The classical genetic studies of lettuce involve screening lettuce germplasm for resistance, determining its genetic basis, and introgression of resistance into genotypes that are resistant to multiple diseases. Most of our efforts have focused on resistance to downy mildew (Bremia lactucae), corky root (Rhizomonas suberifaciens), and lettuce mosaic virus. We are expanding our efforts on resistance to bacterial diseases and Verticillium dahliae. These classical studies provide genotypes for our molecular investigations as well as advanced breeding lines for the commercial breeding industry. We are also continually monitoring variation in B. lactucae to understand the basis of variation in the pathogen and direct the deployment of resistance genes. We have developed a genetic map for B. lactucae and working towards cloning avirulence genes. We also have a moderately extensive set of ESTs from B. lactucae.

We developed a detailed genetic map of lettuce using a variety of molecular markers (http://compositdb.ucdavis.edu/). Numerous resistance genes have been mapped and molecular markers identified for them. Genes for resistance to diverse pathogens are clustered in the genome indicating a common origin and function. The genetics and evolution of resistance is being analyzed in wild and cultivated populations.

We are coordinating The Compositae Genome Project (http://compgenomics.ucdavis.edu) to develop genomics tools for species within the Compositae, particularly lettuce and sunflower, to determine the degree of synteny between lettuce, sunflower and Arabidopsis, and to exploit functional information being generated in model species such as Arabidopsis. This involves a large-scale EST sequencing project, SNP development, and mapping of candidate genes to agriculturally important traits. Candidate genes will be validated by RNAi.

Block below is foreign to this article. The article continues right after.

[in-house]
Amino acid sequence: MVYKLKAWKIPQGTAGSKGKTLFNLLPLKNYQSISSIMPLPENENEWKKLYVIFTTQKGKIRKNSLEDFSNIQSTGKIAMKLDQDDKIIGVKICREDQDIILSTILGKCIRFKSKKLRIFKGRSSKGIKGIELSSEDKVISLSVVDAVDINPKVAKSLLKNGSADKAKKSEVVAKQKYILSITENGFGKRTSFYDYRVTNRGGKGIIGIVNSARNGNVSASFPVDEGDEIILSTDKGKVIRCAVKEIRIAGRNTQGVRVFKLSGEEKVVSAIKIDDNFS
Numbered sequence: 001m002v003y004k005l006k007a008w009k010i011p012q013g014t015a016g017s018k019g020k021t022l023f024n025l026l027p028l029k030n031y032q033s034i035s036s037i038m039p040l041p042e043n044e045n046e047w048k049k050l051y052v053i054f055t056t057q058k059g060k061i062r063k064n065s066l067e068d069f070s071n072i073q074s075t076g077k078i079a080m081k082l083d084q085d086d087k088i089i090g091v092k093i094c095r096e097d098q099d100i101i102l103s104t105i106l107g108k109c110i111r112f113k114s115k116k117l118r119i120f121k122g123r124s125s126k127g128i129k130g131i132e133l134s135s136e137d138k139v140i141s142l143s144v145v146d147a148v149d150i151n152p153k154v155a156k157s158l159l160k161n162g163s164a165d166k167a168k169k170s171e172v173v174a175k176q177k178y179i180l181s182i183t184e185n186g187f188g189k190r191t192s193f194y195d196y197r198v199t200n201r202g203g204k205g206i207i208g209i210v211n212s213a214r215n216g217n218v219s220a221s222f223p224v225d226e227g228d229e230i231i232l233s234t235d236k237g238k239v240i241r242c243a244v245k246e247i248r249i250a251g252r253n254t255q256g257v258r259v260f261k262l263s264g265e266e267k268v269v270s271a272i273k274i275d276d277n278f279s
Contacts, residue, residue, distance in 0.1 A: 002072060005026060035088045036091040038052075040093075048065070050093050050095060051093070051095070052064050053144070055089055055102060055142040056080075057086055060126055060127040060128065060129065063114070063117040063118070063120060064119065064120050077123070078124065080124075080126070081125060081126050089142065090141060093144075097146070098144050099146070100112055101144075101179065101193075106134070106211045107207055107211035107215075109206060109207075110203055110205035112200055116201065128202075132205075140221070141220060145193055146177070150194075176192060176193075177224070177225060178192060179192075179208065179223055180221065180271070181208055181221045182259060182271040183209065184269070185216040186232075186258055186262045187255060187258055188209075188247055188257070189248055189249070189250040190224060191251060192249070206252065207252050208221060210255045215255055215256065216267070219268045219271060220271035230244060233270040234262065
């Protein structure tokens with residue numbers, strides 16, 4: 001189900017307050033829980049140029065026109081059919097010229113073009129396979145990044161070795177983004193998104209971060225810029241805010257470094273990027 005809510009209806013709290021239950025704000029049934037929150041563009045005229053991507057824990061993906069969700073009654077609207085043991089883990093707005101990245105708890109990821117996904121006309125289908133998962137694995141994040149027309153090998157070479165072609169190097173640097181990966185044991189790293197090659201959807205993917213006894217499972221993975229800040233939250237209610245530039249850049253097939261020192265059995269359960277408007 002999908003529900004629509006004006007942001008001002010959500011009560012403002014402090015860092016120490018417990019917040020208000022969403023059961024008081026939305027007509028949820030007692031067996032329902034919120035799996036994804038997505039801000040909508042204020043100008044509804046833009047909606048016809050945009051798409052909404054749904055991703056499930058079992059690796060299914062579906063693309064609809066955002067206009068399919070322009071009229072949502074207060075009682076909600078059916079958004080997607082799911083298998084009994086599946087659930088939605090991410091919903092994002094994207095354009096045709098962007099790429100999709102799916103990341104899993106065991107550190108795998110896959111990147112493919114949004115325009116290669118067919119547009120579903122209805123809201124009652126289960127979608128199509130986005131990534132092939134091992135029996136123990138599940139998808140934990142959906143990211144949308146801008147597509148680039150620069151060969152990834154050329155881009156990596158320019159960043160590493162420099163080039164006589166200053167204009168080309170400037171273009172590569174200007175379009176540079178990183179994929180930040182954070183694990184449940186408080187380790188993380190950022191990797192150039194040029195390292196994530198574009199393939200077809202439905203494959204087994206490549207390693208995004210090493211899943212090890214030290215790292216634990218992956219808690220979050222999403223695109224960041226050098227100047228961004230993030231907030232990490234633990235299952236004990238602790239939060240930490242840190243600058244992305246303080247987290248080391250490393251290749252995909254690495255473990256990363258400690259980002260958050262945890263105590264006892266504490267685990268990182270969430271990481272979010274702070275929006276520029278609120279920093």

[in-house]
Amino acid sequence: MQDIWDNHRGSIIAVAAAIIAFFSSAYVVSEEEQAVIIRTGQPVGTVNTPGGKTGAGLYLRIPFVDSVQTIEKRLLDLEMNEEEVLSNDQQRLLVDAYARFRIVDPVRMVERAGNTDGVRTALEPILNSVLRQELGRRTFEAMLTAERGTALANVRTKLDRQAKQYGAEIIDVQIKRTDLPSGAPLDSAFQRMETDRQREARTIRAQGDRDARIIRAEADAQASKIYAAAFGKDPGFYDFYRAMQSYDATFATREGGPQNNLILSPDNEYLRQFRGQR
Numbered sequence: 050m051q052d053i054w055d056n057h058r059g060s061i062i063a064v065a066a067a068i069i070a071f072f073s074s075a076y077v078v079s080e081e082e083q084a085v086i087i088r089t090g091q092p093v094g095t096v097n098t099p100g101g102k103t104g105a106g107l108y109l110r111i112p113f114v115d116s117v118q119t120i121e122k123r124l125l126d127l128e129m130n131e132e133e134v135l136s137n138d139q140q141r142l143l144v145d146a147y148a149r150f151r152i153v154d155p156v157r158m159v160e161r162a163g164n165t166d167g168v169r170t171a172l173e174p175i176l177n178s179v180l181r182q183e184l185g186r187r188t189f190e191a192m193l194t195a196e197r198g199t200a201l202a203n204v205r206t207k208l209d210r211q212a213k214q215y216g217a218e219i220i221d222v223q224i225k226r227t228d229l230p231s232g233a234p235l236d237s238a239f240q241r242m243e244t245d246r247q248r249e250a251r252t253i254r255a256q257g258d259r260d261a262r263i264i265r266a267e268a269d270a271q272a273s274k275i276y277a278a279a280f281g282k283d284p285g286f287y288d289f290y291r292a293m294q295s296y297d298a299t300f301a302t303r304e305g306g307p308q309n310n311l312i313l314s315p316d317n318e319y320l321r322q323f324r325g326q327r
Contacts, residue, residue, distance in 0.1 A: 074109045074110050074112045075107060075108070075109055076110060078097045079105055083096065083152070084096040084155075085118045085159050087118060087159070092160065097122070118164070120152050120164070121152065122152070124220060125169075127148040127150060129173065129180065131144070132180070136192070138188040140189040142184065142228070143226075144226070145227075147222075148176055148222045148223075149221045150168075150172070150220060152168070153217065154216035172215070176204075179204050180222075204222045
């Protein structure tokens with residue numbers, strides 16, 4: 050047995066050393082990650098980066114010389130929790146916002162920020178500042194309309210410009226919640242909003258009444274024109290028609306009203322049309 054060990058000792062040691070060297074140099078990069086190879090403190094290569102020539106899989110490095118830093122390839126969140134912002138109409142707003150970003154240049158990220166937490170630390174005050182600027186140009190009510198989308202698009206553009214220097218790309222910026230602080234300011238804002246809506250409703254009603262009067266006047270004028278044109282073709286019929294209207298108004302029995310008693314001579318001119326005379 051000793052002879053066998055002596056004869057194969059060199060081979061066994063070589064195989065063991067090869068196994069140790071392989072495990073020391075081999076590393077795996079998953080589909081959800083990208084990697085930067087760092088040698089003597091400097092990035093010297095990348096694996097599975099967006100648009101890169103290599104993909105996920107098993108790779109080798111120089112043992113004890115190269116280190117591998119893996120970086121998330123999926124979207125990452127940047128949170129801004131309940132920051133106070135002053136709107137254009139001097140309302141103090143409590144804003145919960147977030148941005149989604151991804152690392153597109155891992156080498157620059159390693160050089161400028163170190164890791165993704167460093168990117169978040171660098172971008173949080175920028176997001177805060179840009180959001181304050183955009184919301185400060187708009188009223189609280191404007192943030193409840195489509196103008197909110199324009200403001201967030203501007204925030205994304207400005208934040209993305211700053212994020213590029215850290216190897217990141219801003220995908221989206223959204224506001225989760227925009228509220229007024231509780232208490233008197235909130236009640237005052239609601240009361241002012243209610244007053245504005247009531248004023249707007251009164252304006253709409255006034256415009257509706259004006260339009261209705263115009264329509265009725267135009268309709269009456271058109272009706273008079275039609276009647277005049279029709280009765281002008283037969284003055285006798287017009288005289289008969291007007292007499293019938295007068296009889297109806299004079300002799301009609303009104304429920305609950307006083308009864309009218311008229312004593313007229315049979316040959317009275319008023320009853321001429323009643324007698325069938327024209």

We developed stable and transient transformation systems for lettuce mediated by Agrobacterium tumefaciens. However, while it is relatively easy to introduce DNA into lettuce, transgenes are often not expressed well in stable transgenics. The reasons for this are under investigation. Transient assays work very well in lettuce and are being used to investigate the reactions to numerous bacterial effector proteins.

We utilize a combination of map-based and candidate gene strategies to clone genes for disease resistance. We saturated target regions with molecular markers (RAPDs and AFLPs), generated a BAC library with large genomic inserts, isolated numerous induced mutants of Dm genes, and constructed a detailed genetic and physical map of the largest cluster of resistance genes. We have also isolated resistance gene homologs using degenerate oligonucleotide primers to sequences that are conserved in resistance genes cloned from other species. The cloning of Dm3 was confirmed by transgenic complementation experiments. We are now developing more efficient approaches to clone additional resistance genes. RNAi is being used to demonstrate which resistances are encoded by homologs of Dm3.

The lab bioinformatics group supports all the above projects. This involves the acquisition and curation of genetic, sequence and microarray data, queries of EST data, the analysis of microarray data, and building tools for comparative genomics.

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Phone (530) 752-8889
Fax (530) 754-9658
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The Genome Center
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University of California
Davis, CA 95616-8816
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Genome & Biomedical Sciences Facility
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University of California
Davis, CA 95616-8816

Lettuce field Transient assay lettuce     
Genome Pixelizer output (Kozik, Kochetkova, Michelmore) Model LRR Dm3